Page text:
Chess is a musical with music by Benny Andersson and Björn Ulvaeus of the pop group ABBA, lyrics by Tim Rice, and a book by Richard Nelson based on an idea by Rice. The story involves a politically driven, Cold War–era chess tournament between two grandmasters from America and the USSR and their fight over a woman who manages one and falls in love with the other. Although the protagonists were not intended to represent any real individuals, the character of the American grandmaster (named Freddie Trumper in the stage version) was loosely based on Bobby Fischer, while elements of the story may have been inspired by the chess careers of Russian grandmasters Viktor Korchnoi and Anatoly Karpov.
Chess was a significant and powerful piece of music theater for its time as it allegorically reflected the Cold War tensions present in the 1980s. The musical has been referred to as a metaphor for the whole Cold War, with the insinuation being made that the Cold War is itself a manipulative game. Released and staged at the height of the strong anti-communist agenda that came to be known as the "Reagan Doctrine", Chess addressed and satirized the hostility of the international political atmosphere of the 1980s.
Like several other productions, namely Jesus Christ Superstar and Evita, a highly successful concept album was released prior to the first theatrical production in order to raise money. In the case of Chess, the concept album was released in the autumn of 1984 while the show opened in London's West End in 1986 where it played for three years. A much-altered US version premiered on Broadway in 1988, but survived only for two months. Chess is frequently revised for new productions, many of which try to merge elements from both the British and American versions, but no major revival production of the musical had been attempted until 2018, when revivals were planned for both the West End and Broadway.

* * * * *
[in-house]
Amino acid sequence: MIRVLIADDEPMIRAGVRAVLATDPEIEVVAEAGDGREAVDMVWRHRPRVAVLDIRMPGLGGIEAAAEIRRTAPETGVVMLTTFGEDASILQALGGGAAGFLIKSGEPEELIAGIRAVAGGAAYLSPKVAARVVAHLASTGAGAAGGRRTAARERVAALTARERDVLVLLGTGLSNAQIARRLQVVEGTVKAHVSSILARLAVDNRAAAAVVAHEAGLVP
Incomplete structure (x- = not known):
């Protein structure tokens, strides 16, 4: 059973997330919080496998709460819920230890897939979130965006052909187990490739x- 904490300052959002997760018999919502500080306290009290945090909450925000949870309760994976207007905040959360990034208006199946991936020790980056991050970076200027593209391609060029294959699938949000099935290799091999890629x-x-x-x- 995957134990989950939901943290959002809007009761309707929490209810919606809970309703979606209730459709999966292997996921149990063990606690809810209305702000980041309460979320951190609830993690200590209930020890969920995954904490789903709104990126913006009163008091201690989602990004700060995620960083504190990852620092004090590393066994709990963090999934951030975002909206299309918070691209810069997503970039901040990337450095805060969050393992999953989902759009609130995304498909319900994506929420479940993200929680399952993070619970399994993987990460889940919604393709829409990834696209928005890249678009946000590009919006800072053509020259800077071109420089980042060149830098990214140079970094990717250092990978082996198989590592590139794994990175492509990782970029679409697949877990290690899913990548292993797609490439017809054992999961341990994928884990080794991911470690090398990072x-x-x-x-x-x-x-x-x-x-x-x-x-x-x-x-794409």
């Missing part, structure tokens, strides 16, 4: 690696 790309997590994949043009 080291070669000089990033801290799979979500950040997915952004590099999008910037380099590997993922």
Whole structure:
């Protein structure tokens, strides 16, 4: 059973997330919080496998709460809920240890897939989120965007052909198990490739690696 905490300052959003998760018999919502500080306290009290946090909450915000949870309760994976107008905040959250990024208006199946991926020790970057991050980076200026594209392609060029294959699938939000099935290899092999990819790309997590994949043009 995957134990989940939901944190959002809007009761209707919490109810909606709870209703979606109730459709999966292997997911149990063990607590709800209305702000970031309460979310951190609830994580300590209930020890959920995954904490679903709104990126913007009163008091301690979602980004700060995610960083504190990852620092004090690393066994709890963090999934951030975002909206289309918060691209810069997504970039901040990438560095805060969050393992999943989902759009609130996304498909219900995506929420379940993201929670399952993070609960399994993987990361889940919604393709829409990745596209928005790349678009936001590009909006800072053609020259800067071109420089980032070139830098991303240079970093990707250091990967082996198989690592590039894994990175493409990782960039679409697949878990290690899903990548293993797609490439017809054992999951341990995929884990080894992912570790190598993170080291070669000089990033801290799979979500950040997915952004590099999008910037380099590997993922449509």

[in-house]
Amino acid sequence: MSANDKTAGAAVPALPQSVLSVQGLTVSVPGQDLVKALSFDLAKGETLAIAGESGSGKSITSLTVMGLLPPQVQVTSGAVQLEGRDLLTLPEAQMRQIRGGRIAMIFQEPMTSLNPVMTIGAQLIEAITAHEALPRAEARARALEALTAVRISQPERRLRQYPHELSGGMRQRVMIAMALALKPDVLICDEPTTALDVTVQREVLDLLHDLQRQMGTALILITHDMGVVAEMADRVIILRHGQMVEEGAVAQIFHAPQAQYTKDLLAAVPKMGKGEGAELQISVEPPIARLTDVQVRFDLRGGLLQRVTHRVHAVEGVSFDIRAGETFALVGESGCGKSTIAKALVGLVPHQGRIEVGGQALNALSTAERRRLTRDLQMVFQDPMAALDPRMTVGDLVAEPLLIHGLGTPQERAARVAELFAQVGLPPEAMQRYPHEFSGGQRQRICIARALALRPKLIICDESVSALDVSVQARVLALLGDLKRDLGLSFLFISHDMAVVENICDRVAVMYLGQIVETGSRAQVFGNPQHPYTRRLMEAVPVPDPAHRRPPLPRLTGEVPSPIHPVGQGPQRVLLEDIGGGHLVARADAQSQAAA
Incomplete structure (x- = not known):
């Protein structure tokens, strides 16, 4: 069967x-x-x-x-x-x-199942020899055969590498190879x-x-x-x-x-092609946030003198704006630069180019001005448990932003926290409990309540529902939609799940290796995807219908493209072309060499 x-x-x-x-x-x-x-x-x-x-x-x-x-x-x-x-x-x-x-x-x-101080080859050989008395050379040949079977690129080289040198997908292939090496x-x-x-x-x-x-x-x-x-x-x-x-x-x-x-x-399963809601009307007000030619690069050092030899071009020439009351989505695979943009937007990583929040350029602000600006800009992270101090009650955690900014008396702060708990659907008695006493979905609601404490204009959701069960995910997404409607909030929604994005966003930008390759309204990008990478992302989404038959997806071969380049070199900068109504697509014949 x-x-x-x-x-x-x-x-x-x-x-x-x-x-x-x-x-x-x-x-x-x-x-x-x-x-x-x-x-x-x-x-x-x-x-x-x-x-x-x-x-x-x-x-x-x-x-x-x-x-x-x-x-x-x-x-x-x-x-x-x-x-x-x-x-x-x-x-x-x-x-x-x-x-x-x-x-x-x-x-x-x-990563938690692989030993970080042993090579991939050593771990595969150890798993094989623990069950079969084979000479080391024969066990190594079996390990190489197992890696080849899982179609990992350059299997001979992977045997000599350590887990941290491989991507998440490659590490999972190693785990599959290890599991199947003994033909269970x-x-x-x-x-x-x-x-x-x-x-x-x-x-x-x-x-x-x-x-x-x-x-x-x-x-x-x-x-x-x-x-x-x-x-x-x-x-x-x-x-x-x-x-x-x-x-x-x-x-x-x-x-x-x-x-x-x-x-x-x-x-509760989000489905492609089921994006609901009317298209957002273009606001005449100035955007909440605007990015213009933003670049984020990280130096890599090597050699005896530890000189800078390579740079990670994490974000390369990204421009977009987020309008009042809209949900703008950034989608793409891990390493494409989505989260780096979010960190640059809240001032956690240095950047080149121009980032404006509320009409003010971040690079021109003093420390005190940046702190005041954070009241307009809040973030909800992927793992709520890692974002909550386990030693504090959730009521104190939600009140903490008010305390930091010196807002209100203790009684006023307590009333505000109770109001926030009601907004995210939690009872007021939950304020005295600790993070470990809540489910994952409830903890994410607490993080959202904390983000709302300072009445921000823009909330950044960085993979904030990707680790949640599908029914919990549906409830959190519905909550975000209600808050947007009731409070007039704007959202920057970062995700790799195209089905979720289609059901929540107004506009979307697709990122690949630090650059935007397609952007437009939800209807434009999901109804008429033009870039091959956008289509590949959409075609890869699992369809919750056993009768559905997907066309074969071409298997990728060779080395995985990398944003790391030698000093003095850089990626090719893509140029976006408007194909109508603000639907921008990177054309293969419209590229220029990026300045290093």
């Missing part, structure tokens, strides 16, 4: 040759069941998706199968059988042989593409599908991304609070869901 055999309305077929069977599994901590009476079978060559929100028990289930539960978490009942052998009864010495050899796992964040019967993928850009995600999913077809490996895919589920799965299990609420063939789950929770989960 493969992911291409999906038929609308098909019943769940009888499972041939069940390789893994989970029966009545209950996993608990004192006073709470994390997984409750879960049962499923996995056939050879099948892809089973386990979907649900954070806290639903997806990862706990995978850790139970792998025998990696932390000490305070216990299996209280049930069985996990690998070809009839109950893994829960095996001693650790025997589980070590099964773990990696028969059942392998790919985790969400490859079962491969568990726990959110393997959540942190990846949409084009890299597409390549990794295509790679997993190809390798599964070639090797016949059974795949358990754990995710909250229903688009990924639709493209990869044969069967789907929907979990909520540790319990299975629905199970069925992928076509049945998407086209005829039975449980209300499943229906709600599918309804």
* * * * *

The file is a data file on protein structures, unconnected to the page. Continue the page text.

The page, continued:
The double LP, often referred to as a concept album or album musical, was released worldwide in the autumn of 1984. Liner notes included with the album featured a basic synopsis of the story in multiple languages along with song lyrics and numerous photos. The music on the album was described by The New York Times as "a sumptuously recorded… grandiose pastiche that touches half a dozen bases, from Gilbert and Sullivan to late Rodgers and Hammerstein, from Italian opera to trendy synthesizer-based pop, all of it lavishly arranged for the London Symphony Orchestra with splashy electronic embellishments". The album featured Murray Head, Tommy Körberg, Elaine Paige, and noted actor Denis Quilley in the role of Molokov. A single from the album, "One Night in Bangkok", with verses performed by Murray Head and choruses performed by Anders Glenmark, became a worldwide smash, reaching #3 on the US Billboard Hot 100. The duet "I Know Him So Well" by Elaine Paige and Barbara Dickson held the #1 spot on the UK singles charts for 4 weeks, winning the Ivor Novello Award in the process as the Best Selling Single ('A' Side).
On 27 October 1984, a concert version of the album was premiered by the original cast in London's Barbican Centre and then performed in Hamburg, Amsterdam, and Paris with final presentation on 1 November in Berwaldhallen in Stockholm.
In 1985, music videos were filmed for the songs "One Night in Bangkok", "Nobody's Side", "The Arbiter", the ballads "I Know Him So Well", and "Pity the Child", featuring the performers from the album and directed by David G Hillier. These were released together in a VHS video entitled Chess Moves.
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